Guide For Round Tables, Part 22

Effect of the Circle Method

528.01Remark: The process of circles builds strong relationships and resolves conflict situations. It promotes openness of dialogue and change of motivation from external (i.e., as under a whip) to internal where a person already understands why he should do something. People work with the root of the problem, their egoism, and not just external problems. In addition, circles form a systemic vision.

Conclusion: the circle method is not only effective for communication, decision-making, and conflict resolution, but is also the basis for creating a society of the future.

My Comment: Sure. And we need to move toward this.

Question: Do you consider the round table as the only method that will be used by everyone or are there any other methods?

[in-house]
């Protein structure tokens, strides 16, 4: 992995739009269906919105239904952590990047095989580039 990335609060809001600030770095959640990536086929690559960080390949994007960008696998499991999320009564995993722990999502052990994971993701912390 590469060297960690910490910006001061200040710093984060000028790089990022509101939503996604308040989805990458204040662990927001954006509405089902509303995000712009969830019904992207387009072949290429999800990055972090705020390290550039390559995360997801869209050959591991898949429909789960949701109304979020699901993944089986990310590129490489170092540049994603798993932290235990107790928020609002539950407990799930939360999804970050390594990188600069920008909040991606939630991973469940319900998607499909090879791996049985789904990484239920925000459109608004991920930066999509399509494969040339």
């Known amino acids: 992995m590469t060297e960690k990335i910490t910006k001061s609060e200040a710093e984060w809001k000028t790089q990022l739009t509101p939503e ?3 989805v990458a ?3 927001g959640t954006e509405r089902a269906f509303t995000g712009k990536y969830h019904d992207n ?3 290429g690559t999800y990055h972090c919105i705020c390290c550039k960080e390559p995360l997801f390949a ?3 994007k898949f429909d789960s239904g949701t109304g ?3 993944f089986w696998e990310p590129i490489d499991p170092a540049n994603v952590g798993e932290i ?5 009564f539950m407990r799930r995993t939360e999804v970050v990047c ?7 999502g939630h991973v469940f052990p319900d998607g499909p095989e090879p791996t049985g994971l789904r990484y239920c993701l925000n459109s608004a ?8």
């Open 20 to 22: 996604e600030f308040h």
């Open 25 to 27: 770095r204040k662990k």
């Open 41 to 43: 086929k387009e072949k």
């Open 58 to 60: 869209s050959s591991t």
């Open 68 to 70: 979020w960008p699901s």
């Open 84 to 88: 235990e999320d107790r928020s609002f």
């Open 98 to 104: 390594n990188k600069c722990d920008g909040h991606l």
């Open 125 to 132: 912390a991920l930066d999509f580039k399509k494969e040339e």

Answer: No. Except for the circle, there is nothing. We should strive to apply this methodology wherever possible, in all spheres of activity where more than one person is involved.

Question: Did you and your teacher also use this method?

Answer: There were two of us and he thought we were a group.

Question: So even two people can work according to the circle method?

Answer: Yes. So it is said: “The minimum of many is two.”

Round tables exist in order to bring a person, a group of people, even the whole of humanity, to a state similar to the integral law of nature. If they really unite and want to solve a problem, then they come as close as possible to the correct solution or at least to the highest resolution in solving this problem.
From KabTV’s “Management Skills” 7/9/20

Related Material:
Guide For Round Tables, Part 21
Guide For Round Tables, Part 20
Guide For Round Tables, Part 19

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